SARCOPENIC OBESITY AND DEPRESSION: A SYSTEMATIC REVIEW
I. Pilati, A. Slee, R. Frost
J Frailty Aging 2022;11(1)51-58
Background: Sarcopenic obesity (SO) is a condition combining two important public health issues commonly seen amongst older individuals, obesity and sarcopenia. Depressive symptoms are common among older people, whose population is increasing worldwide. Obesity and sarcopenia alone, are clearly associated with depression while the coexistence of these two conditions (SO) upon depressive disorders is currently unclear. We aimed to systematically review the association between primary SO and depressive disorders.
Methods: Searches were run on MEDLINE, EMBASE, PsycINFO, and CINAHL (inception to June 2019). One reviewer screened titles, abstracts, and full-texts, with 10% checked independently by a second reviewer. Cohort and cross-sectional studies were included. Two reviewers independently assessed risk of bias using the Mixed Methods Appraisal Tool. Results were narratively synthesised.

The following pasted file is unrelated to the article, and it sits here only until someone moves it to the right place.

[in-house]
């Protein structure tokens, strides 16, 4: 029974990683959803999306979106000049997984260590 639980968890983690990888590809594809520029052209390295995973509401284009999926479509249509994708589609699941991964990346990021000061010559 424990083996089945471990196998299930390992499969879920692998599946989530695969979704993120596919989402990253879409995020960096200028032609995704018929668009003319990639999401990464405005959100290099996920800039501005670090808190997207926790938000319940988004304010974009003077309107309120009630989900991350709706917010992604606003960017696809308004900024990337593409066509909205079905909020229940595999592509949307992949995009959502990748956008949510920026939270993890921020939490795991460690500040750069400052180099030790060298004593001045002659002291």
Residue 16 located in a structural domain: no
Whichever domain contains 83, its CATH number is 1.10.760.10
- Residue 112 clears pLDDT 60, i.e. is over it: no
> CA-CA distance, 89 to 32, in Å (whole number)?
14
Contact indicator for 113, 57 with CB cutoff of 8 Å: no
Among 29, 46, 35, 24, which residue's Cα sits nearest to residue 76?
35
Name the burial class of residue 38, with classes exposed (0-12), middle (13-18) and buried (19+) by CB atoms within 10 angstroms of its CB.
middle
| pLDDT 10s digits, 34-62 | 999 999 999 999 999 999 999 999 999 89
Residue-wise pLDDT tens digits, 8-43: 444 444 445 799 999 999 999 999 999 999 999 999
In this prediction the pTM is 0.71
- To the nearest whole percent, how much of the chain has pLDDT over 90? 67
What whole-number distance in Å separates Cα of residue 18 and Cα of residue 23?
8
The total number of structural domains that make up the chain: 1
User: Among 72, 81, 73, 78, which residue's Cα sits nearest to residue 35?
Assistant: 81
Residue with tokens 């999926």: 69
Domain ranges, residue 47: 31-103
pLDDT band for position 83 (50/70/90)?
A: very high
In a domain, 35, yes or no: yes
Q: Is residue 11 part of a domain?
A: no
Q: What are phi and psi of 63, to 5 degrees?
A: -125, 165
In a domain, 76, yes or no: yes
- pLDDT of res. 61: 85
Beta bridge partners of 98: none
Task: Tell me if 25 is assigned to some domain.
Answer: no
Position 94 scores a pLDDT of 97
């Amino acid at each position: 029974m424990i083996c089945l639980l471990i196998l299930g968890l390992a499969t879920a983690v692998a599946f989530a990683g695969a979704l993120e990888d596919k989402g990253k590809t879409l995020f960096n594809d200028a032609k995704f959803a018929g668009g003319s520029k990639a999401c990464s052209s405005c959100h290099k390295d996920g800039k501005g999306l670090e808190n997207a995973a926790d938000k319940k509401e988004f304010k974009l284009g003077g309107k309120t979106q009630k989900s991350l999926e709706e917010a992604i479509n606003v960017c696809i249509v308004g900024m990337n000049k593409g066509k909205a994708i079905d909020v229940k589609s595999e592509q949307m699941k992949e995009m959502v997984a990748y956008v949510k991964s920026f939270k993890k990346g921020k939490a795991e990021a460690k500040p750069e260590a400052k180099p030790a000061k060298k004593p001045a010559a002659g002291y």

Results: Out of the 7 studies eligible for inclusion, evidence of sarcopenic obesity as a predictor of depressive symptoms was found in two studies. The main observed trend was that diagnosing sarcopenia using muscle strength led to significant associations between sarcopenic obesity and depressive symptoms. Two cross-sectional studies found a significant association between SO and depressive symptoms, whilst three others found no statistically significant associations. All possessed some methodological limitations.
Discussion: This is the first review to systematically examine a potential relationship between sarcopenic obesity and depressive disorders. Currently, the results are heterogeneous due to the large variability in assessment methods and outcome measurements. Future longitudinal studies would achieve greater confidence in the provisional conclusion that sarcopenic obesity, when measured using muscle strength, is associated with depressive symptoms.
I. Pilati ; A. Slee ; R. Frost (2021): Sarcopenic Obesity and Depression: A Systematic Review. The Journal of Frailty and Aging (JFA). http://dx.doi.org/10.14283/jfa.2021.39